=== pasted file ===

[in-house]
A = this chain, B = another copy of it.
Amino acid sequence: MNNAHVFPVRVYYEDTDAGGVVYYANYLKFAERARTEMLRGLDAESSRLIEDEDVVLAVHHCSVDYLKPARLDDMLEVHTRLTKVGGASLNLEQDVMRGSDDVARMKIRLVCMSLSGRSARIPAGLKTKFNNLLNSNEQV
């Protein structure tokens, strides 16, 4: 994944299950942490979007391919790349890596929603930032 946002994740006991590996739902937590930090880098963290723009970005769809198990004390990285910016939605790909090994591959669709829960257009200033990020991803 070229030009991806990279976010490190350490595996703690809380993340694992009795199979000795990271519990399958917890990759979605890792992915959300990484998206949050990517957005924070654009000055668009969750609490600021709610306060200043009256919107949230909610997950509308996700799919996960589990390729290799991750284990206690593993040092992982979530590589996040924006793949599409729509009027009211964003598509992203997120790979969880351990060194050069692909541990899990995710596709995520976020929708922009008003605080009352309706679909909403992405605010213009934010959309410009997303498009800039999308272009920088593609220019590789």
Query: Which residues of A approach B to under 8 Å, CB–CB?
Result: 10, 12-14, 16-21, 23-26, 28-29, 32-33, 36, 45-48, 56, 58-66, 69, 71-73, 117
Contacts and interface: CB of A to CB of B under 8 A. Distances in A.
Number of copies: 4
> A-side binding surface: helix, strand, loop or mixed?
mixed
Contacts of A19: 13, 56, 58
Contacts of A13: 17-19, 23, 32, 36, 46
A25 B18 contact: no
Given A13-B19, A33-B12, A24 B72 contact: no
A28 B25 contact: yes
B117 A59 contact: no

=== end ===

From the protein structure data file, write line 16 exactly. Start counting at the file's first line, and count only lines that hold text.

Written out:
B117 A59 contact: no